An online teaching tool helped endoscopists improve detection of Barrett’s esophagus-related neoplasia, according to research published in Gastroenterology.
J.J. Bergman, MD, PhD, director of endoscopy at Academic Medical Center in Amsterdam, the Netherlands, developed the program with the help of a group of expert endoscopists who helped delineate lesions on recorded upper endoscopy videos.
“To our knowledge, this is the first validated online, interactive endoscopic training program in our field. Crucial to the project was its use of high-resolution endoscopic video recordings, with replay and methods of delivery to assessors that fully preserved the resolution of the live images,” the researchers wrote. “The project depended on the highly disciplined commitment of 189 volunteer general endoscopist assessors from five countries.”
To develop the program, researchers sent high-definition videos of endoscopies of patients with Barrett’s esophagus-related neoplasia (BORN) and non-dysplastic BE to three experts who used special tools to add their delineations of lesions. Then, 68 general endoscopists assessed four batches of 20 videos and provided feedback that was compared with the perspectives of the initial experts.
Investigators used these data to pick 25 videos for the second phase of development, which comprised assessment from an additional 121 endoscopists. The participants received scores before and after four five-video training batches.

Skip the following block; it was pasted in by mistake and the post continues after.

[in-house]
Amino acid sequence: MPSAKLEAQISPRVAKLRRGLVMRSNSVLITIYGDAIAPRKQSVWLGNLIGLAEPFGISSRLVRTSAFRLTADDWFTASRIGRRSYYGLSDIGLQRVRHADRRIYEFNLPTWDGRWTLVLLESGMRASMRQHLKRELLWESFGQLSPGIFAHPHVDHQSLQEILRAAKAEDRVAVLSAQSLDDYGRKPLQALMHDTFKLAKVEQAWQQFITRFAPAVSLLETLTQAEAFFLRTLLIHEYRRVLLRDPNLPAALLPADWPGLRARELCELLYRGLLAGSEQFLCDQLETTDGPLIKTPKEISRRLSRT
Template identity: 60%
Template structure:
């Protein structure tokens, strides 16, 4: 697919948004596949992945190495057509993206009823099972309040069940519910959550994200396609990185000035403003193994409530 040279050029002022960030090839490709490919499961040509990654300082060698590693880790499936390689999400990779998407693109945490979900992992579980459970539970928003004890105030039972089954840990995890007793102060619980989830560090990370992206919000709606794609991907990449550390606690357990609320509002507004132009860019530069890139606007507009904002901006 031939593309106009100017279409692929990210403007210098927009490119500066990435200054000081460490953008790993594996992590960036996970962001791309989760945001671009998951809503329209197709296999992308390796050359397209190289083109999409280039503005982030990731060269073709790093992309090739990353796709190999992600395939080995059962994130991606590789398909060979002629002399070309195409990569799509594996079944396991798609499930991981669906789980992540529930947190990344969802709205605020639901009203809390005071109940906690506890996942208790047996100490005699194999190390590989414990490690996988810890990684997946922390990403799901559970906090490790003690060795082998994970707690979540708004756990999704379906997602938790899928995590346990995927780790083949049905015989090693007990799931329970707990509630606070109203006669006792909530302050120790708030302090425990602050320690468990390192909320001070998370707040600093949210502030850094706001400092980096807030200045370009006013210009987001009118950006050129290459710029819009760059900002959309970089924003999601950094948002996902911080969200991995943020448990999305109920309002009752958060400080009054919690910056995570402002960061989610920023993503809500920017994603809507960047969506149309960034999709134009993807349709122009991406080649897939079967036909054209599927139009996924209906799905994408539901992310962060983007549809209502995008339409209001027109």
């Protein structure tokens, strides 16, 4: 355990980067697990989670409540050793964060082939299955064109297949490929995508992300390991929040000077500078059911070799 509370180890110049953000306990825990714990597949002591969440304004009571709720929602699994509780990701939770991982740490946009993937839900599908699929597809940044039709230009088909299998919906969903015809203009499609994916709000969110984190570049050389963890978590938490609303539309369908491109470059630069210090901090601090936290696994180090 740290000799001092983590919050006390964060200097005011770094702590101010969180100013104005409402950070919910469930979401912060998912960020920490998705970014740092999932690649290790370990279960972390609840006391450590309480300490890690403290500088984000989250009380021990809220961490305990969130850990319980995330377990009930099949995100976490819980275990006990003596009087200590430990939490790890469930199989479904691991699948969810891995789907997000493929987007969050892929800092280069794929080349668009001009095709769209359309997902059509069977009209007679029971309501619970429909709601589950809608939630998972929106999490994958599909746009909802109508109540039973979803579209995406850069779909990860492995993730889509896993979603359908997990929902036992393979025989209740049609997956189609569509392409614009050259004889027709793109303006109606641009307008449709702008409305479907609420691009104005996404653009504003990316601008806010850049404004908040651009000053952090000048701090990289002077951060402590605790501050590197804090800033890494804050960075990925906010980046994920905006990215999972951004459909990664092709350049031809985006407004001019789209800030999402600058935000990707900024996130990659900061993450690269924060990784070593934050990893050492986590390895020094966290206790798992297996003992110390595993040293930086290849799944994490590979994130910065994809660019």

In the second phase, median detection rates of BORN in the test batch increased by 30% (P < .001) after training.
Between baseline and the end of the trial, detection increased by 46%, delineation increased by 129%, agreement delineation increased by 105% and relative delineation increased by 106% (all, P < .001).
Bergman and colleagues wrote that this training program could help improve the management of patients with BE.
“The results of this study demonstrate that by completing the BORN training module, general endoscopists with a wide range of experience and from different countries of origin can substantially and conveniently increase their skills for detection and delineation of early BORN lesions,” they wrote. “Therefore, the module could provide training in an essential upper [gastrointestinal] endoscopic skill that is not otherwise readily available.” – by Alex Young
Disclosures: The authors report no relevant financial disclosures.